Brian Janes provides some glimpses into construction of Light Railways through a rare, surviving workman's notebook.
When we think of railways we usually start with rolling stock, then, if we have specialist interest signals and track, but very few of us think about the creation of the basic formation which is the line of the railway itself. Even less do we think of those workers who created that formation – the navvies. Light railways such as Holman Stephens' were built as cheaply as possible and without benefit of any significant amount of construction equipment. They were perhaps some of the last examples of Victorian – even pre-Victorian – construction methods. But we seldom think about these, or even less the forgotten generation of those workmen that built them.
Lawson Finch in his epic compilation of material for his long gestated history of the East Kent Light Railway did not forget these creators of the dreams of others. In material recently donated to the Colonel Stephens Museum by his widow, there was found a dog-eared black notebook possibly compiled by the man in direct charge of part of the work. John Brenchley was originally the overall boss of the northern part of the construction of the railway under Stephens, but the notebook is more likely that of the foreman, Jack Houghton or possibly his ganger boss, Ernest Northcote. It provides a fascinating glimpse of a lost world. The notebook records the efforts of a team building part of the East Kent in periods of 1913 and 1914, mostly on cuttings and embankments (some now not readily identifiable) just north of what became Eastry station. And what efforts they were too.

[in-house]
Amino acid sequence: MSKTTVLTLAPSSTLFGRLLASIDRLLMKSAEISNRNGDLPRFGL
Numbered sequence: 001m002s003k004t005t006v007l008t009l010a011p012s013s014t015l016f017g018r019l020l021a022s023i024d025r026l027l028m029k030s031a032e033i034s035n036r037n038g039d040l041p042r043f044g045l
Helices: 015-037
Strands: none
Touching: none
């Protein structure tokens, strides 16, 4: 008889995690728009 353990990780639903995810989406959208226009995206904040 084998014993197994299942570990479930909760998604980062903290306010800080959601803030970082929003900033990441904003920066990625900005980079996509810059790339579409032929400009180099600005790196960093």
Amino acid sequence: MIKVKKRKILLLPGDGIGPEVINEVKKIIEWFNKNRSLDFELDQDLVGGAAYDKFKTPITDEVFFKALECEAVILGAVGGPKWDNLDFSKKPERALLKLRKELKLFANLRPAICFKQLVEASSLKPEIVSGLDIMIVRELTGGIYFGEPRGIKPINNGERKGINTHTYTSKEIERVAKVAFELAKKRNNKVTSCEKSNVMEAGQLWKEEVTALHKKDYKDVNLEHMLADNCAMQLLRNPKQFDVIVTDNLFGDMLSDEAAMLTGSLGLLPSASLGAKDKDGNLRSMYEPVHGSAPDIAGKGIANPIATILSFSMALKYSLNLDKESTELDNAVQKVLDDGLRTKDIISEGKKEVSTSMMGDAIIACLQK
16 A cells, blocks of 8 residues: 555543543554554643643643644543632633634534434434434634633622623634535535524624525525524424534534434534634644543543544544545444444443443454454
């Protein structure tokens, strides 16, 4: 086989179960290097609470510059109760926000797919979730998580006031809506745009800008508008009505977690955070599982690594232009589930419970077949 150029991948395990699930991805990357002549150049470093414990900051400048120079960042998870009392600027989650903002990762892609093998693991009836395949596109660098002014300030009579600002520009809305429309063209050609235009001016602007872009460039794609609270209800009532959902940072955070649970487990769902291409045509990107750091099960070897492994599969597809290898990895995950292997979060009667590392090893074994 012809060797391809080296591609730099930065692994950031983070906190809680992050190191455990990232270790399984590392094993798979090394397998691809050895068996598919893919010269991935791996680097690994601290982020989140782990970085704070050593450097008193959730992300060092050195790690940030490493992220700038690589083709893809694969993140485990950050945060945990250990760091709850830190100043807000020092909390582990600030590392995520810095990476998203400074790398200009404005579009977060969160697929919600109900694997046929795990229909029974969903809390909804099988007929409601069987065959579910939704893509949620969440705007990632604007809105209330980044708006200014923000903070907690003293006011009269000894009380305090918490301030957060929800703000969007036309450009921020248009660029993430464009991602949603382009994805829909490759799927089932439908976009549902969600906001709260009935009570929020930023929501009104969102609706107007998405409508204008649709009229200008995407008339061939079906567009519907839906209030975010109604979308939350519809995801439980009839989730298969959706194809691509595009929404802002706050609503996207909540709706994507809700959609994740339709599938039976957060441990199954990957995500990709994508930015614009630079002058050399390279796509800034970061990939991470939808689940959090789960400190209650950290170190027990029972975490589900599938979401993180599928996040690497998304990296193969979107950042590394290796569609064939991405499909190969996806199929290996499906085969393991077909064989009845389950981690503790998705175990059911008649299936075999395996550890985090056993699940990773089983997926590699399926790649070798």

Half of the book records the daily hours worked by each man. The norm was working an 11 hour day (6½ on Saturdays). However many days were short, either due to men being redeployed, shortage of money, bad weather or a combination of all three. A few of the regular surnames that appear are Messrs Bates, Belsey, Bicker, Chapman, Collins, Cox Fagg, Hogben, Hastings, Lawrance, Pilcher, Pritchard, Shexted, Shrabsole and Warner. There are many others but often they appear a few times and then disappear and gang numbers vary between 10 and 20 each day. These men may have been re-deployed on other gangs or simply drifted away from the work, perhaps even to the Army.
A few glimpses will show how these men dug out and shifted 'muck' (earth) and other heavy material at an impressive rate. On the starting day of the entries, 25th September 1913, they unloaded 5 'trucks' (wagons) of muck and five of chalk, and spent 6 hours levelling ashes. The next day they 'cut' 3 trucks of muck, 5 trucks of chalk and spent 4 hours 'casting' muck (presumably for covering the cutting sides) in Prince of Wales cutting.
On Monday 29th September a gang of 20 men unloaded 5 trucks of chalk, spent 2½ hours levelling, unloaded 1 truck of bricks at Wells Farm bridge (Eastry Station), 2 trucks of chalk at 'chalk hole', 19 trucks of chalk at Brook Farm, and 5 trucks of muck 'near Friham'. Next day they dealt with 15 trucks of chalk at Brook Farm, unloaded ashes at Thornton Hosts, then unloaded 10 trucks of chalk, 1 truck of bolts, 2 trucks of brick, a truck of coal and re-railed some trucks off the road.
There is then a break in the notes till 1st December when laying rails and moving muck in Prince of Wales cutting, loading muck and offloading on Ringlet Mere bank cutting, chalk in Plum Trees cutting and laying about ten yards of track each working day. Next week they were continuously unloading muck and levelling Poulton Road, relieved only by unloading 'baulks' (presumably sleepers) from a train that arrived at 9.20am on the Wednesday; and this monotonous hard and, in December cold, work continued till Christmas Eve.